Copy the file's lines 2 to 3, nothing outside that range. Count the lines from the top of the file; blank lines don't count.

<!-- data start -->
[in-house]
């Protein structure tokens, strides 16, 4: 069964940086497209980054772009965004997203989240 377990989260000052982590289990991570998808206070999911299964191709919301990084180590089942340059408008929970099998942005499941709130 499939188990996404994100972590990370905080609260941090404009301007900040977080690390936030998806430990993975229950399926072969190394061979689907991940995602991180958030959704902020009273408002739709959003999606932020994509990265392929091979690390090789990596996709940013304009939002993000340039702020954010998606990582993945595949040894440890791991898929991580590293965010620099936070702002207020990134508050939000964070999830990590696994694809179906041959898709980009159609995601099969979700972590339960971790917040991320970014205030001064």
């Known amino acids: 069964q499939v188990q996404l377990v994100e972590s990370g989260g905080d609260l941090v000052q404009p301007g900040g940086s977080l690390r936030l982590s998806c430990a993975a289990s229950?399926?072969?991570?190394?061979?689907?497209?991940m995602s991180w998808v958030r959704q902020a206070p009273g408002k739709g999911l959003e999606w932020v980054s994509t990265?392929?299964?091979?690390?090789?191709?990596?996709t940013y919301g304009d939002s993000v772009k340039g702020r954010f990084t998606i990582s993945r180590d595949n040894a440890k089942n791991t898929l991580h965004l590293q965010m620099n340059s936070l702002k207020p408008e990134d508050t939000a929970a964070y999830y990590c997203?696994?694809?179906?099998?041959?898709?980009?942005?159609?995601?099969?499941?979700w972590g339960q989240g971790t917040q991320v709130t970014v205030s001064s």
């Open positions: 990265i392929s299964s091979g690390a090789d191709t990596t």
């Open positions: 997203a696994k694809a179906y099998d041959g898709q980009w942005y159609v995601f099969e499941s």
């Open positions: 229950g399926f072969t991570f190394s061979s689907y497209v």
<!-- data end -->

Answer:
């Protein structure tokens, strides 16, 4: 069964940086497209980054772009965004997203989240 377990989260000052982590289990991570998808206070999911299964191709919301990084180590089942340059408008929970099998942005499941709130 499939188990996404994100972590990370905080609260941090404009301007900040977080690390936030998806430990993975229950399926072969190394061979689907991940995602991180958030959704902020009273408002739709959003999606932020994509990265392929091979690390090789990596996709940013304009939002993000340039702020954010998606990582993945595949040894440890791991898929991580590293965010620099936070702002207020990134508050939000964070999830990590696994694809179906041959898709980009159609995601099969979700972590339960971790917040991320970014205030001064």
């Known amino acids: 069964q499939v188990q996404l377990v994100e972590s990370g989260g905080d609260l941090v000052q404009p301007g900040g940086s977080l690390r936030l982590s998806c430990a993975a289990s229950?399926?072969?991570?190394?061979?689907?497209?991940m995602s991180w998808v958030r959704q902020a206070p009273g408002k739709g999911l959003e999606w932020v980054s994509t990265?392929?299964?091979?690390?090789?191709?990596?996709t940013y919301g304009d939002s993000v772009k340039g702020r954010f990084t998606i990582s993945r180590d595949n040894a440890k089942n791991t898929l991580h965004l590293q965010m620099n340059s936070l702002k207020p408008e990134d508050t939000a929970a964070y999830y990590c997203?696994?694809?179906?099998?041959?898709?980009?942005?159609?995601?099969?499941?979700w972590g339960q989240g971790t917040q991320v709130t970014v205030s001064s």